A Patent Trial and Appeal Board (PTAB) panel has held that arguments not raised in a Patent Owner’s Response are deemed waived, even if the arguments were raised in a Preliminary Response. In Unified Patents Inc. v. Nonend Inventions N.V., PTAB denied a request for re-hearing from patent owner Nonend Inventions, which argued that the board failed to consider a challenge to the Petitioner’s real parties in interest. The board stated that a request for rehearing requires the identification of a matter overlooked or misapprehended and that Nonend could not meet that threshold.
First, PTAB noted that the Scheduling Order stated, “The patent owner is cautioned that any argument for patentability not raised in the response will be deemed waived.” Nonend argued that a challenge to the real party in interest is not an “argument for patentability” and therefore Nonend was not given fair notice that failure to present those arguments again in the response would waive them.
PTAB further distinguished the argument from a matter overlooked or misapprehended with a citation to In re NuVasive, which found that NuVasive’s failure to challenge public accessibility of a prior art reference during the trial phase amounted to a waiver at PTAB despite NuVasive’s challenge during preliminary proceedings. PTAB further stated that even if the issue had not been waived, it still had not been overlooked or misapprehended because it was addressed in the Decision on Institution.
- Read all communications from PTAB carefully.
- Do not attempt to out-lawyer the board.
- Be clear about what arguments, if any, from the preliminary proceedings you wish to maintain in the trial phase.
At least three potential lessons for AIA parties are packed into the three pages addressing the real parties in interest arguments. First, AIA parties must carefully read all communications from the board. It is tempting to gloss over the Scheduling Order, in particular, as the deadlines are typically summarized in a table at the end of the order and the orders are relatively standard. However, small differences between Scheduling Orders can make a big difference during the trial. Parties who fail to pay close attention to all the details in the order—not just the deadlines—risk waiver of a variety of opportunities.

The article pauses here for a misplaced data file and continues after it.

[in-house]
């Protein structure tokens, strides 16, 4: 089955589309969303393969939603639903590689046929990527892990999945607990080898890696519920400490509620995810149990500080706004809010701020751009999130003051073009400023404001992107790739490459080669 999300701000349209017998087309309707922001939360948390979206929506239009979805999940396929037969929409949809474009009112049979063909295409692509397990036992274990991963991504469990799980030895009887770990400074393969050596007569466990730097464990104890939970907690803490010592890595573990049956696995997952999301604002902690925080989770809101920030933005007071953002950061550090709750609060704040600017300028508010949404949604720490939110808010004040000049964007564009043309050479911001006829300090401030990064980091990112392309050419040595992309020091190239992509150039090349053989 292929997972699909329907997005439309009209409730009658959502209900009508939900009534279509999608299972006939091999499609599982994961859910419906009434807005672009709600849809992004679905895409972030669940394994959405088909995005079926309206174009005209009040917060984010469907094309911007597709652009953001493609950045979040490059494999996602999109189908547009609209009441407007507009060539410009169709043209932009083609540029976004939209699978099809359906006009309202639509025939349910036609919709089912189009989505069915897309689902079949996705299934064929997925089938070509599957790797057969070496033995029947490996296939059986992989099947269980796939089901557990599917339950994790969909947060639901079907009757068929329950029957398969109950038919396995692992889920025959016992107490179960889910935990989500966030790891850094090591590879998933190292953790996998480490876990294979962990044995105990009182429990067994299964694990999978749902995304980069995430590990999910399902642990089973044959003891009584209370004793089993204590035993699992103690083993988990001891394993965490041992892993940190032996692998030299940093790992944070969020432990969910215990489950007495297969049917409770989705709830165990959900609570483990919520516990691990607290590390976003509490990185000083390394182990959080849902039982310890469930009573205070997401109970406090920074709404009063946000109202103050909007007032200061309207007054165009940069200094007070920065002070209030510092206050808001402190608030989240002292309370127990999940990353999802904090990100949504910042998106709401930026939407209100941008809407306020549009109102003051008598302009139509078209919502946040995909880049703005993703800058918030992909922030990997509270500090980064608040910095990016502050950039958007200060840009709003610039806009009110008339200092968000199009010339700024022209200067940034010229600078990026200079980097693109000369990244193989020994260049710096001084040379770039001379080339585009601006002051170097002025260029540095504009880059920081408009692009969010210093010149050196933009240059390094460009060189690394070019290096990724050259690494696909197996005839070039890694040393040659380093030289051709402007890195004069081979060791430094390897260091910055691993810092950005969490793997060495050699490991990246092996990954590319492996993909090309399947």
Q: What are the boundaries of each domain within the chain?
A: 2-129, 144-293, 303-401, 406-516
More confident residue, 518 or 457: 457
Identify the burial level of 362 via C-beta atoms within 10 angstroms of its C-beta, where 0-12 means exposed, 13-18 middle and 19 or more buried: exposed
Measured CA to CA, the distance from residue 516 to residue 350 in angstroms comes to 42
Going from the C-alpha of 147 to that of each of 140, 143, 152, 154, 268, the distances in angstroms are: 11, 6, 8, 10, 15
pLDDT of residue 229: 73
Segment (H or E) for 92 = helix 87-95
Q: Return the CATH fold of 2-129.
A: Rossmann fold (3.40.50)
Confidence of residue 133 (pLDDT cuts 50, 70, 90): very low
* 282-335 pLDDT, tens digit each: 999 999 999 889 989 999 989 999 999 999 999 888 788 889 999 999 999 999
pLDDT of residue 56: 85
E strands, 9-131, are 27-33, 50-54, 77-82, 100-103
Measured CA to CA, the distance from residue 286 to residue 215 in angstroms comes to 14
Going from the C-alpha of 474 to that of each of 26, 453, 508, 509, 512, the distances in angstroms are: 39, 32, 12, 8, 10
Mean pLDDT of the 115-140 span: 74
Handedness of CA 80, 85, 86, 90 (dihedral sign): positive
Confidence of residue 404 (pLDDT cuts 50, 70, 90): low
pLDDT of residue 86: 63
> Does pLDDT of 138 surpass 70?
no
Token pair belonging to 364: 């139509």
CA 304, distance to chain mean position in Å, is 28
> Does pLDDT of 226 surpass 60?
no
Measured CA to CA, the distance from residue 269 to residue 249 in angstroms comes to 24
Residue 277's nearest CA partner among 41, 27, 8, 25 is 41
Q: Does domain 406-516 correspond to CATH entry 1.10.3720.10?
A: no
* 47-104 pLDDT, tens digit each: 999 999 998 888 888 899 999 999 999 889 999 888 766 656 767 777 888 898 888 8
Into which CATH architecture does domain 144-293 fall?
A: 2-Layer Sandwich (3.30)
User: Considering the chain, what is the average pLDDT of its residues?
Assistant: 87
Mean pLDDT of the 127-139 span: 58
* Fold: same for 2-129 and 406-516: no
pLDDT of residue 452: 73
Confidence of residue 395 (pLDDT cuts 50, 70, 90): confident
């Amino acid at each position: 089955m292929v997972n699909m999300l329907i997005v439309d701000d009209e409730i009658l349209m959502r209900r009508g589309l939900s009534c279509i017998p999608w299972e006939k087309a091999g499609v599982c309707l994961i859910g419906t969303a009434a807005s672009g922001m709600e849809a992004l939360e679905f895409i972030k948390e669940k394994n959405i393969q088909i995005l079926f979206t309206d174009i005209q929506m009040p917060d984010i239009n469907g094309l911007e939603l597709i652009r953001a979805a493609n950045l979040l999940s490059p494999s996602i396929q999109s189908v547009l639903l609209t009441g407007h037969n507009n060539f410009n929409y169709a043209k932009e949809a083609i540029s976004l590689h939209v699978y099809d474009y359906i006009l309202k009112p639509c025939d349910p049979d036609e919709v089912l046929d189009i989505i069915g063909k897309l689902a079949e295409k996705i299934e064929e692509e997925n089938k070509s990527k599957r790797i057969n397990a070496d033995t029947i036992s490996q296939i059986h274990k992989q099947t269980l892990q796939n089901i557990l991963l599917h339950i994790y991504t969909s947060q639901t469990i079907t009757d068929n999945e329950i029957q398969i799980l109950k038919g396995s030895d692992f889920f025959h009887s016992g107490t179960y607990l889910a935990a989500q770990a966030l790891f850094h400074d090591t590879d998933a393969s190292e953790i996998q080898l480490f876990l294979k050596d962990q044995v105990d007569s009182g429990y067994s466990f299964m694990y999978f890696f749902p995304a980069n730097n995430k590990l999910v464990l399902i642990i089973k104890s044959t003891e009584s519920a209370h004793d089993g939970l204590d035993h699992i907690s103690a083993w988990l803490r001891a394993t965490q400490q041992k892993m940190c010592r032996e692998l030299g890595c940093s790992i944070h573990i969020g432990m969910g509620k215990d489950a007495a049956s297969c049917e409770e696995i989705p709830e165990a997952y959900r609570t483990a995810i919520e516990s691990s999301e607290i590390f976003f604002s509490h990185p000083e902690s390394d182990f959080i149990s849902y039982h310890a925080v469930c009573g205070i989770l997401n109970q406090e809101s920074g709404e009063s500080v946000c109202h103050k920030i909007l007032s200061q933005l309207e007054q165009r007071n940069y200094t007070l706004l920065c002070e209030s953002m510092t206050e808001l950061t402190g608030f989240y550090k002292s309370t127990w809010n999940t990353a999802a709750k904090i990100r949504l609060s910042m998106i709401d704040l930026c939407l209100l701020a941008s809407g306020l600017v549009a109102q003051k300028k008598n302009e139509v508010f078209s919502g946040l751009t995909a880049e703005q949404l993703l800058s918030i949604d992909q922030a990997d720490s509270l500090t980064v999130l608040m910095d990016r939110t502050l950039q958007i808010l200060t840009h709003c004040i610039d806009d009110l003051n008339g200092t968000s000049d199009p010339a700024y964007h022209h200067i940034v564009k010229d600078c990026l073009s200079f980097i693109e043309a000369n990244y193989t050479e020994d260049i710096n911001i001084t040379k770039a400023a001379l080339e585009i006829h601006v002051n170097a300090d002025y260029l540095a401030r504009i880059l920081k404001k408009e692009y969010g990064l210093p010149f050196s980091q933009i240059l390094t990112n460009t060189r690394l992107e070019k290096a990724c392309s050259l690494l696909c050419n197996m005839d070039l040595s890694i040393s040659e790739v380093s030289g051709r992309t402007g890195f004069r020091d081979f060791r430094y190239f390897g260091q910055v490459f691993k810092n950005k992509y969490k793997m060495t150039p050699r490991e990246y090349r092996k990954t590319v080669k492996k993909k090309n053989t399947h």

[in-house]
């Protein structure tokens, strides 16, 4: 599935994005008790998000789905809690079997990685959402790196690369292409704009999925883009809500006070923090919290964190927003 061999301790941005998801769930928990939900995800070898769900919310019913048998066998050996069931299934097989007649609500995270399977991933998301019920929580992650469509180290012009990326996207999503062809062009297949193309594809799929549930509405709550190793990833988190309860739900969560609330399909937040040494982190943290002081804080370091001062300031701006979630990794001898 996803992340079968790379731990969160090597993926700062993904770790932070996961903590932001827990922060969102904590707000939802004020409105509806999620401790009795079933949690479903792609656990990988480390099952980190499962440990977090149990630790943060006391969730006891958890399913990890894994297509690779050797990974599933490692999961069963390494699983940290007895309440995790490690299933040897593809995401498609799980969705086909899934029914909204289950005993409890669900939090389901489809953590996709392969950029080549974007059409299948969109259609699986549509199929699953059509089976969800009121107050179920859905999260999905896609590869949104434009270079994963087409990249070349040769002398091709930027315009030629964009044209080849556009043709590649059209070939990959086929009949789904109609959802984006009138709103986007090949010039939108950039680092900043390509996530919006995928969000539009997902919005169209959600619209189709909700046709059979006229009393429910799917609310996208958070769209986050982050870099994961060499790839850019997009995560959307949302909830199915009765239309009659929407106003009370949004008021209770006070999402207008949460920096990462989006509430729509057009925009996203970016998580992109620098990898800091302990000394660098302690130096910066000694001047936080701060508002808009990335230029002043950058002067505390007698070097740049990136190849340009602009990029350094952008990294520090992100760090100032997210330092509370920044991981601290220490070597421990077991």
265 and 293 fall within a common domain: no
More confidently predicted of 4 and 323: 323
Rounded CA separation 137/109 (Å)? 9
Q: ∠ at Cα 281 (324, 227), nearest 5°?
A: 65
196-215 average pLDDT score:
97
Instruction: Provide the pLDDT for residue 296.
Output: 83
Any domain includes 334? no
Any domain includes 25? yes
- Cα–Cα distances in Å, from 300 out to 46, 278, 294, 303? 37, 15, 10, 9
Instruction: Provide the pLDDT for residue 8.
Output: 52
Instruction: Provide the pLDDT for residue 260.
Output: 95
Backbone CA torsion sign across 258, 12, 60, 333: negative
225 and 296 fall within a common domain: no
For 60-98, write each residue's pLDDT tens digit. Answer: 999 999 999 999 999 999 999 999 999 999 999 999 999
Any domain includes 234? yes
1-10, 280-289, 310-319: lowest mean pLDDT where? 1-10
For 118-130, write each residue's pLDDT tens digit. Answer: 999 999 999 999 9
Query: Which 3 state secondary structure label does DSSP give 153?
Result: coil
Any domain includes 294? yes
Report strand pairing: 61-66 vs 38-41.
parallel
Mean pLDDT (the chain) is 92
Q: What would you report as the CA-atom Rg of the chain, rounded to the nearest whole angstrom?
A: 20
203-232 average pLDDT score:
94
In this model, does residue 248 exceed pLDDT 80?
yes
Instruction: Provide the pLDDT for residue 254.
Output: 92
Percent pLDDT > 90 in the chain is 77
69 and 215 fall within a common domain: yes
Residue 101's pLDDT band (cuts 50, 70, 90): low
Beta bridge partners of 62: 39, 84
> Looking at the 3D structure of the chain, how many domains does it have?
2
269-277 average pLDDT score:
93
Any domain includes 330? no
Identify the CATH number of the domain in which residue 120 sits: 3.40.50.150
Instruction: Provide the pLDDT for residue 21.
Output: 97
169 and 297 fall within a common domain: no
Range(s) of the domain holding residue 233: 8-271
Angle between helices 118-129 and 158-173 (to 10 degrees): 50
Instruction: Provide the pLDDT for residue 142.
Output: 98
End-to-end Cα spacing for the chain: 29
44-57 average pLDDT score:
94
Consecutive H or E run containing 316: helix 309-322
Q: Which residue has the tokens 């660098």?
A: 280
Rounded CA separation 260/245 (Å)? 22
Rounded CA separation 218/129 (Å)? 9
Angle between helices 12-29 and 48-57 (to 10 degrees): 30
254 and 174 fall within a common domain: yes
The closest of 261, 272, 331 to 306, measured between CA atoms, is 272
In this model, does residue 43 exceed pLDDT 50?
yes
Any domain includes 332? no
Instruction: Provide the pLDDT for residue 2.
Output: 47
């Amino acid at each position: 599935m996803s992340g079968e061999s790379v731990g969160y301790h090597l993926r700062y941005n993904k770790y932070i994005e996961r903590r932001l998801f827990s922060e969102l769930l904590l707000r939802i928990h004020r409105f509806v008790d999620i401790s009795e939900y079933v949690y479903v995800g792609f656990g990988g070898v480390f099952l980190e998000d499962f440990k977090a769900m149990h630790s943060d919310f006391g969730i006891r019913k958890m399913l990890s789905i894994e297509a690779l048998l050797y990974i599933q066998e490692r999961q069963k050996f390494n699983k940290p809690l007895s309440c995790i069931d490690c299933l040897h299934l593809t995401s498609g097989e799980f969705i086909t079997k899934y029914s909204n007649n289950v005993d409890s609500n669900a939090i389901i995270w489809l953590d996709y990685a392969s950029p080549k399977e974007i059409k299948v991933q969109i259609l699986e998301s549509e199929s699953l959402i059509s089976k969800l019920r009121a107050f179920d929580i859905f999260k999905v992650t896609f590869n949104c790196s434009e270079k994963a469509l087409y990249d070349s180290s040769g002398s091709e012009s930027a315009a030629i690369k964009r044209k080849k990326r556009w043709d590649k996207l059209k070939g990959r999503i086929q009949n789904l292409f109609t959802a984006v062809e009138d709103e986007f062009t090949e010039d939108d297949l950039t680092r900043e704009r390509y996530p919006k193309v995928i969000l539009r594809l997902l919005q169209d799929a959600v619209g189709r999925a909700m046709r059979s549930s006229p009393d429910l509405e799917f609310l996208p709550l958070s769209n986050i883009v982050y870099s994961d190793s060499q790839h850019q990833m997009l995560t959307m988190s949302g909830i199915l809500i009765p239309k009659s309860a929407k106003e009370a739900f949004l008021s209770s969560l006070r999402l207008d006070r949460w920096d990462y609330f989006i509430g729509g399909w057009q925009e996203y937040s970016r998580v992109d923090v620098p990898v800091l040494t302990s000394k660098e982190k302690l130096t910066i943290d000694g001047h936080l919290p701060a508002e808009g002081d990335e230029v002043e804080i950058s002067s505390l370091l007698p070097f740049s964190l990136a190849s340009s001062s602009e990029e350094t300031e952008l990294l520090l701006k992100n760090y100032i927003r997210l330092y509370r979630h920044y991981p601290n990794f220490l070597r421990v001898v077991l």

Second, parties should not attempt to out-lawyer PTAB because parsing the board’s language in a self-interested way can backfire. When in doubt, the board is readily available to answer questions, and most Scheduling Orders openly invite a conference call. Even if Nonend felt confident in its interpretation of the order, asking the “stupid” or obvious question could have avoided the waiver here. Of course, preserving the argument does not mean Nonend would have prevailed—preserving an argument previously rejected by the board, without new argument or evidence, is unlikely to carry the day.
Finally, a growing body of decisions confirms that an issue raised in preliminary proceedings will not be re-evaluated in the trial phase unless presented anew during the trial. Patent Owners, unlike Petitioners, can file a Preliminary Response prior to institution and then a full Response after institution, so it seems possible this rule would not apply in the same way to Petitioners. Nonetheless, all parties would be wise to clearly identify all challenges presented or maintained during the trial phase to avoid even the argument that a particular issue was waived at that phase. This idea sounds simple but requires careful strategy and drafting in view of the word-count restrictions and 37 C.F.R. § 42.6(a)(3), which forbids incorporation by reference.
Apart from waiver, the decision includes another important warning to AIA parties: “a party submitting evidence submits it at their own peril.” The Patent Owner objected to PTAB’s reliance on the Petitioner’s use of the Patent Owner’s evidence, but the board was unmoved. “While certainly a party would be expected to present evidence that, on balance, would favor their position, the evidence itself is merely objective information that can be used by any party, as appropriate.”
One way AIA trials differ from both patent prosecution and litigation is the unforgiving requirement that parties promptly submit their best arguments and evidence. AIA procedures provide little room to reshape or build up arguments that were not well-presented at the outset and carefully preserved. Petitioners and Patent Owners alike are on notice that success in an AIA trial requires reading the fine print in the regulations, controlling case law and all board communications.